HUFFINGTON POST: In Court, For-Profit Colleges Demand End to Gainful Employment Rule

Career College Central Summary:

  • The big for-profit colleges were back in court in Washington again this morning, arguing to a federal judge that the Obama Administration did not have the power to subject them to even the most minimal standards of accountability for leaving their students with overwhelming debt.
  • Despite the mountain of evidence that many for-profit colleges have engaged in predatory behavior by deceiving, under-educating and overcharging students, despite the scores of lawsuits and investigations underway by federal and state law enforcement, these for-profit colleges are demanding permanent entitlement to billions annually from taxpayers without having to meet any real measures of success at all.
  • The issue presented in the case, brought by the for-profit college's lobbying group, APSCU, is whether the Administration was within the law when it issued its "gainful employment" rule, which would cut off federal student aid to career education programs that consistently leave graduates earning too little to pay down their loans.
  • APSCU managed to get the first version of the rule overturned by a different judge in 2012, on the ground that the Department of Education failed to provide a good reason for one component of the rule.  So the Department held another round of rulemaking sessions, and dropped the offending component. The resulting new rule is pretty weak, potentially affecting only some very poor quality, high priced programs, and leaving other bad programs untouched. But it still could do some good. That's why APSCU is determined to kill it, and that's what today's hearing was all about.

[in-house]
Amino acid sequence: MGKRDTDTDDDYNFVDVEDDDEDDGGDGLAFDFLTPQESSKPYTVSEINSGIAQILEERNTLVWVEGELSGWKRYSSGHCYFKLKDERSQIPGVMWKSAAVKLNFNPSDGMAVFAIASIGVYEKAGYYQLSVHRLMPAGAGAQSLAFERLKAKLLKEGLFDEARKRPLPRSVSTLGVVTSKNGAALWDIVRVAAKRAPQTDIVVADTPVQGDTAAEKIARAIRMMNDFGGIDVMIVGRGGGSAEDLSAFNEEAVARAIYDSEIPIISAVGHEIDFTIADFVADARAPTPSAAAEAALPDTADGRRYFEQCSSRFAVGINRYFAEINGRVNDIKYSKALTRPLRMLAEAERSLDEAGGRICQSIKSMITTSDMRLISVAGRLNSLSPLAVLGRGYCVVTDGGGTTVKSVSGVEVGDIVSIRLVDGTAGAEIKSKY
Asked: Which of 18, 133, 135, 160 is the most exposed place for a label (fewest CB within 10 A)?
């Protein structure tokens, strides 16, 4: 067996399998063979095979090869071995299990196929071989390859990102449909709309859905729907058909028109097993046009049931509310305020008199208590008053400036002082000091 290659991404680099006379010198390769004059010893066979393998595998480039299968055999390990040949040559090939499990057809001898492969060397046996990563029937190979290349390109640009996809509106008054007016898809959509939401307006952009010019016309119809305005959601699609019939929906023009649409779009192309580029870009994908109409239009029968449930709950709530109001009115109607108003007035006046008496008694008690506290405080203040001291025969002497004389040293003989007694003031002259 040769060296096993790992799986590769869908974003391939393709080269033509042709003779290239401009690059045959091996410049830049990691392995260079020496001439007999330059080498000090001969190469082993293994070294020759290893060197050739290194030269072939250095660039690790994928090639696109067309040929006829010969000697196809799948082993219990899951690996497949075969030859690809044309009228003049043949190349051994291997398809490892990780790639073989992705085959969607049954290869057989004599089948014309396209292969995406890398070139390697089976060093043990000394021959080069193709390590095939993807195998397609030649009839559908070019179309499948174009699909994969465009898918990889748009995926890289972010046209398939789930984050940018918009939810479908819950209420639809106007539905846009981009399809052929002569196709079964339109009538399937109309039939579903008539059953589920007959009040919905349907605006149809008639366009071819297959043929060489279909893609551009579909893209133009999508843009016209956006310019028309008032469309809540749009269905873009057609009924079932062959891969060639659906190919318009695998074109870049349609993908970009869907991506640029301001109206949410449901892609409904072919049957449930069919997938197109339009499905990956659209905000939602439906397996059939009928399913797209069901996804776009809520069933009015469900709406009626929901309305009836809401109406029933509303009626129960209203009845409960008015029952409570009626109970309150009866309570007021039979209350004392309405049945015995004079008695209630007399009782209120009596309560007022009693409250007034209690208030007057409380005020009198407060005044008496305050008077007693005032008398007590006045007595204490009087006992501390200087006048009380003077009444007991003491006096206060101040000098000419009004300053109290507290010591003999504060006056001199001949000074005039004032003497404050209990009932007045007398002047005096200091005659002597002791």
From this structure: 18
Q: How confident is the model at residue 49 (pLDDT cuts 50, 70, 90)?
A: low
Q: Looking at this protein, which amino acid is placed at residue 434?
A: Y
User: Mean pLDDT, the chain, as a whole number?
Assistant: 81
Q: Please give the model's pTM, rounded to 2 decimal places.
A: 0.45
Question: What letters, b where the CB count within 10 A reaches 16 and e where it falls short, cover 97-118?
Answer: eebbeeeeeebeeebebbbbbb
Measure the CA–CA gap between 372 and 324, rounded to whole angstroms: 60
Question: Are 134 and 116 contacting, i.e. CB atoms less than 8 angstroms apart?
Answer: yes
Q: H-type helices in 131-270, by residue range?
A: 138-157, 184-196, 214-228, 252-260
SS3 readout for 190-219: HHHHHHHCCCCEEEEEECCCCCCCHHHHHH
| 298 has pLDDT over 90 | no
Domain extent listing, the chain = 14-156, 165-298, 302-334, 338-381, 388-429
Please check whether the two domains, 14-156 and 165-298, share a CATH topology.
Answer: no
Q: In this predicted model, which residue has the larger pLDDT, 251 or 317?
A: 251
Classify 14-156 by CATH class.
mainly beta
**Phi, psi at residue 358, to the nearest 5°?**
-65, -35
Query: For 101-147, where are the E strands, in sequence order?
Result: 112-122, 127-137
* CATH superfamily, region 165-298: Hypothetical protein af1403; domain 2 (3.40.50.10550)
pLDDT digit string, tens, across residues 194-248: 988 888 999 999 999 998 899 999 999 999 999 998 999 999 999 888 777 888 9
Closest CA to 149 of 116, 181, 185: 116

• Before U.S. District Judge John Bates entered, APSCU's CEO, former congressman Steve Gunderson, strode in, and someone asked him, "Is Sally coming?" He wasn't sure. "Sally" was likely Sally Stroup, who was Assistant Secretary of Education under President Bush, responsible, among other things, for overseeing aid to for-profit colleges. Oversight, to say the least, was not strong in those years, as schools like Corinthian and ITT began raking in billions, developing systematic means to mislead students and cash their federal checks. Sally's job now? She's Executive Vice President of Government Relations and General Counsel — at APSCU.
  • During argument by his lawyer, Gunderson sat, eyes half-closed, listening reverently. A lawyer from APSCU's law firm, the litigation powerhouse Gibson Dunn, was by his side.
  • Douglas Cox, a Gibson Dunn partner who boasts on the firm website that he "played a principal role in the firm's successful representation of the prevailing candidate before the Supreme Court of the United States in Bush v. Palm Beach County Canvassing Board and Bush v. Gore," argued for APSCU.
  • In attacking the gainful employment rule, Cox discussed how a formulation in the rule came from a research paper by "two gentlemen named Baum and Schwartz." This might have surprised one of the paper's authors, Sandy Baum, who is a woman.
  • And that was after Cox insisted that the case turned on the word "prepare."

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